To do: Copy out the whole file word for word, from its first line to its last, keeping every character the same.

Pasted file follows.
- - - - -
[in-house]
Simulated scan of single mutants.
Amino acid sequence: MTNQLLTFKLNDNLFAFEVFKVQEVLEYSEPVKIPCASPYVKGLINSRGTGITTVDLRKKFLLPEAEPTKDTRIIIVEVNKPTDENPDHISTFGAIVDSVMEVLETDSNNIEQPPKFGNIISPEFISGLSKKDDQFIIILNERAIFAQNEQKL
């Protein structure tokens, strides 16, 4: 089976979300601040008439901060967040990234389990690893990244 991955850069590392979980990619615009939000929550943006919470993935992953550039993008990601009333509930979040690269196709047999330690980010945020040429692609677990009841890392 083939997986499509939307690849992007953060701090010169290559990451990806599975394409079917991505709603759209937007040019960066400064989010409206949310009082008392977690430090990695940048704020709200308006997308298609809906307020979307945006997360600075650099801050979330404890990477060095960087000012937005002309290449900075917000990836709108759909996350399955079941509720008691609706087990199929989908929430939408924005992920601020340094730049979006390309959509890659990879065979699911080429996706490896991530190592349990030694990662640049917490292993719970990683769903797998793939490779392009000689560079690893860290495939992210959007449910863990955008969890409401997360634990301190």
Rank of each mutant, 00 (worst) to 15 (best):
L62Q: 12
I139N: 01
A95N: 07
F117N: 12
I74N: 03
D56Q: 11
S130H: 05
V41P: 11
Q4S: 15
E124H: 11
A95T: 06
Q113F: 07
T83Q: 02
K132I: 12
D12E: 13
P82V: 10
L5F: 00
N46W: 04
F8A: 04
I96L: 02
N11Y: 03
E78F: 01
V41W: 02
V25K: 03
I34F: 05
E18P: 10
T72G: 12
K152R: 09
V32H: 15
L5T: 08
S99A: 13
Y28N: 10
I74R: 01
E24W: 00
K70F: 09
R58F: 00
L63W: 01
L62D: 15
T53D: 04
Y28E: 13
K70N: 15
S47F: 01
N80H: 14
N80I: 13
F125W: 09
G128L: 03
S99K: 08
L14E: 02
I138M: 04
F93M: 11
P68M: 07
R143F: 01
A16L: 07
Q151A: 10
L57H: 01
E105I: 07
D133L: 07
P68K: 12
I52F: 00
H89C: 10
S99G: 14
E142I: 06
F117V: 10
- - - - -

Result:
[in-house]
Simulated scan of single mutants.
Amino acid sequence: MTNQLLTFKLNDNLFAFEVFKVQEVLEYSEPVKIPCASPYVKGLINSRGTGITTVDLRKKFLLPEAEPTKDTRIIIVEVNKPTDENPDHISTFGAIVDSVMEVLETDSNNIEQPPKFGNIISPEFISGLSKKDDQFIIILNERAIFAQNEQKL
């Protein structure tokens, strides 16, 4: 089976979300601040008439901060967040990234389990690893990244 991955850069590392979980990619615009939000929550943006919470993935992953550039993008990601009333509930979040690269196709047999330690980010945020040429692609677990009841890392 083939997986499509939307690849992007953060701090010169290559990451990806599975394409079917991505709603759209937007040019960066400064989010409206949310009082008392977690430090990695940048704020709200308006997308298609809906307020979307945006997360600075650099801050979330404890990477060095960087000012937005002309290449900075917000990836709108759909996350399955079941509720008691609706087990199929989908929430939408924005992920601020340094730049979006390309959509890659990879065979699911080429996706490896991530190592349990030694990662640049917490292993719970990683769903797998793939490779392009000689560079690893860290495939992210959007449910863990955008969890409401997360634990301190």
Rank of each mutant, 00 (worst) to 15 (best):
L62Q: 12
I139N: 01
A95N: 07
F117N: 12
I74N: 03
D56Q: 11
S130H: 05
V41P: 11
Q4S: 15
E124H: 11
A95T: 06
Q113F: 07
T83Q: 02
K132I: 12
D12E: 13
P82V: 10
L5F: 00
N46W: 04
F8A: 04
I96L: 02
N11Y: 03
E78F: 01
V41W: 02
V25K: 03
I34F: 05
E18P: 10
T72G: 12
K152R: 09
V32H: 15
L5T: 08
S99A: 13
Y28N: 10
I74R: 01
E24W: 00
K70F: 09
R58F: 00
L63W: 01
L62D: 15
T53D: 04
Y28E: 13
K70N: 15
S47F: 01
N80H: 14
N80I: 13
F125W: 09
G128L: 03
S99K: 08
L14E: 02
I138M: 04
F93M: 11
P68M: 07
R143F: 01
A16L: 07
Q151A: 10
L57H: 01
E105I: 07
D133L: 07
P68K: 12
I52F: 00
H89C: 10
S99G: 14
E142I: 06
F117V: 10